Geography

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Nothing is ever at rest.  This orchard appears permanent.  Rooted.  But is is not.  This hill that we snuggle back into creeps outward every year by two whole centimetres.  Did you see it move?  Last winter ice loosens and then lifts particles of dirt.  Debris.  And when the ice leaves and the earth settles these simply roll down the hill a bit more.  I’ve thought that it would be a worthwhile pursuit to sit and do nothing else but to watch this over the course of the winter some year.  Noticing something to which no one else pays attention.

And this ICE-THRUST formation is a constant source of wonderment.  A massive rock popped from of the understory and skidded twenty miles across this valley.  Shearing off and levelling land to its east.  Freezing soil and rocks and sand and clay into the plastic foot of the glacier that lifted it out, this giant rode it like the slowest plowhorse.   These were dropped where they now rest when that mass of ice died.  There are three kinds of soil on my mountainside alone.  Some make me stumble with rocks while others hold my wet feet fast.  I love every one.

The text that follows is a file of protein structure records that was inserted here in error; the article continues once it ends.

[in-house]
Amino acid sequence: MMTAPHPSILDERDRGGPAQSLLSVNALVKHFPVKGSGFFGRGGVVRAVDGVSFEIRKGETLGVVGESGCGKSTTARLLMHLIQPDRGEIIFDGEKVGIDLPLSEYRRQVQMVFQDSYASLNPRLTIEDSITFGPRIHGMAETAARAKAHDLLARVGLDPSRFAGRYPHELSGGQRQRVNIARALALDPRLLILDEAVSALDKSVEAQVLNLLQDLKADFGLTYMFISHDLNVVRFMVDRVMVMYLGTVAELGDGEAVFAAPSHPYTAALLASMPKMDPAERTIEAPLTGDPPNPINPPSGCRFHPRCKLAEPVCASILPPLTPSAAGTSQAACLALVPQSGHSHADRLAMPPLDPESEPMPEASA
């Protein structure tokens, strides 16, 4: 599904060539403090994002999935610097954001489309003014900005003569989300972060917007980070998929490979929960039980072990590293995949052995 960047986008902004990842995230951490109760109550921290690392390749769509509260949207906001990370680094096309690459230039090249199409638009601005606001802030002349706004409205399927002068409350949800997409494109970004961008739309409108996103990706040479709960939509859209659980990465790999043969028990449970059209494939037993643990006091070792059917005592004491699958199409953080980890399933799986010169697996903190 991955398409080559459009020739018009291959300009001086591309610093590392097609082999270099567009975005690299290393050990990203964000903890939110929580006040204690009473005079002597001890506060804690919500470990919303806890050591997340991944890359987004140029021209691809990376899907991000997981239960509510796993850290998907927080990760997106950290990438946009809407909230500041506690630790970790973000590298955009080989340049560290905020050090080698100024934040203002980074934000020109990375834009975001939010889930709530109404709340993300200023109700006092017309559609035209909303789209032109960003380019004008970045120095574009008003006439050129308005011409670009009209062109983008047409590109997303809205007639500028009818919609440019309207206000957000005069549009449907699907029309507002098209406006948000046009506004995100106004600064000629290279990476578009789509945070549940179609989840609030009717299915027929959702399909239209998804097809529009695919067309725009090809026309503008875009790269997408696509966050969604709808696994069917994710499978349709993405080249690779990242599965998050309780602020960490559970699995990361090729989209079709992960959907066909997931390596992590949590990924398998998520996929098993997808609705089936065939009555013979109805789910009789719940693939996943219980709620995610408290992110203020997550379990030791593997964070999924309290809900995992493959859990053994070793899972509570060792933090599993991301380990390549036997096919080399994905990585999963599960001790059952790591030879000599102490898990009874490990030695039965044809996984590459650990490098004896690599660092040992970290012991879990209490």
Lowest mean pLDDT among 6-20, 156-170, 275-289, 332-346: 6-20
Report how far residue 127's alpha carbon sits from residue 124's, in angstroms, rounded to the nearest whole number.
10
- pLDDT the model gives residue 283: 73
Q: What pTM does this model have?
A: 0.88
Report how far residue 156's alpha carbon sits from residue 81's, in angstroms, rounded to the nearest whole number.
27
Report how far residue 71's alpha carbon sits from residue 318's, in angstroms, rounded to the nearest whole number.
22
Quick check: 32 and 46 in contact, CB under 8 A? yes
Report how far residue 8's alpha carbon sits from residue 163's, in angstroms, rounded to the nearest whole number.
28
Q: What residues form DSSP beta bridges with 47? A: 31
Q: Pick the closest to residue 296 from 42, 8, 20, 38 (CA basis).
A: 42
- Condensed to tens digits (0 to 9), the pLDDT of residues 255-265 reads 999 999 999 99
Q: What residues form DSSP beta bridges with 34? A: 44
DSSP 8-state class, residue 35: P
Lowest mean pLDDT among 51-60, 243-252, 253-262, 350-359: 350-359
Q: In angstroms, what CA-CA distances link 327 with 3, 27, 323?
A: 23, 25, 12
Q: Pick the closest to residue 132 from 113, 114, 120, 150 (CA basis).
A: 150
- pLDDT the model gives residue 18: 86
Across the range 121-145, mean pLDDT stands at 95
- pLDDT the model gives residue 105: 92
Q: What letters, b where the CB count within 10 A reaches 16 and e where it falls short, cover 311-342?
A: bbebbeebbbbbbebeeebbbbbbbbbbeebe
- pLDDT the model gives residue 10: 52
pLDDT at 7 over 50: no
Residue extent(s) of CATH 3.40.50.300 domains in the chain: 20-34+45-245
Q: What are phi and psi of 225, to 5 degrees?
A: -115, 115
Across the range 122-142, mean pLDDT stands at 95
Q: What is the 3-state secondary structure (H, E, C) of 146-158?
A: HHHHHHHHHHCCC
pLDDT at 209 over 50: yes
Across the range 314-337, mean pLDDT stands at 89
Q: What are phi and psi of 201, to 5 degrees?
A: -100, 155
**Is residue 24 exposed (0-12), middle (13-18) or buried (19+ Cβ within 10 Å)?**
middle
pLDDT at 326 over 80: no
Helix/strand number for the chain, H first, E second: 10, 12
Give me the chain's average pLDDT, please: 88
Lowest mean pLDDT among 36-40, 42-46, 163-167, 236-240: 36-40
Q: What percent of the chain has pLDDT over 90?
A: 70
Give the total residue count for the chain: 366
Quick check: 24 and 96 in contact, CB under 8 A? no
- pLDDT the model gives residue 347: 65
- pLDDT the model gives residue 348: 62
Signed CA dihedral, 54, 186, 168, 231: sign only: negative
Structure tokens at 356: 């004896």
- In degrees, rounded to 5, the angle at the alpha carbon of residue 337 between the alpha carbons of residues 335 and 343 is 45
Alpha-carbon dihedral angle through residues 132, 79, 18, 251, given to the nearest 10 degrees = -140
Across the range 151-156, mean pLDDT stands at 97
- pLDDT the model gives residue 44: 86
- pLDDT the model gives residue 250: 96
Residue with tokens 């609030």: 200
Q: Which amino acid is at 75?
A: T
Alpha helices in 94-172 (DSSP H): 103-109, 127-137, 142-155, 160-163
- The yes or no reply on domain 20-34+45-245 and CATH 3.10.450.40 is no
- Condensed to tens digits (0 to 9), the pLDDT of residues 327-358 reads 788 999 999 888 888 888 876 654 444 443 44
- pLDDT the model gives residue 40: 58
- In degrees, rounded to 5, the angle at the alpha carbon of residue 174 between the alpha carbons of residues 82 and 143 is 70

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Micro…Meso…and Macro.

These make up a totally different reality for an orchardist than for weathergeeks.  These dictate a the holy trinity of taste.

  • Micro – the restricted space of a few plants or rows and the canopy of management needed to appreciate, even to love these few plants, and coming to know what they are like as a family, and what this can mean to, say, a cask of wine make from their berries.
  • Meso – the greater characteristics of this hillside-family of plants, which by fact is different than your family of plants on your hillside.  And…
  • Macro – the regional disruptions made up of broader particularities.

These are things a natural-born orchardist knows.   We can see these things.  And in doing so we can love these things for the common good of ourselves, and our pickers, and the plants, and the wildlife who also participate and thrive here as well.

And all of it lost on mass-production industrial-agriculture.  There was fog here this morning.  A blanket of water.  Swirling.  Distinct.  Always in motion.  Loved and loving.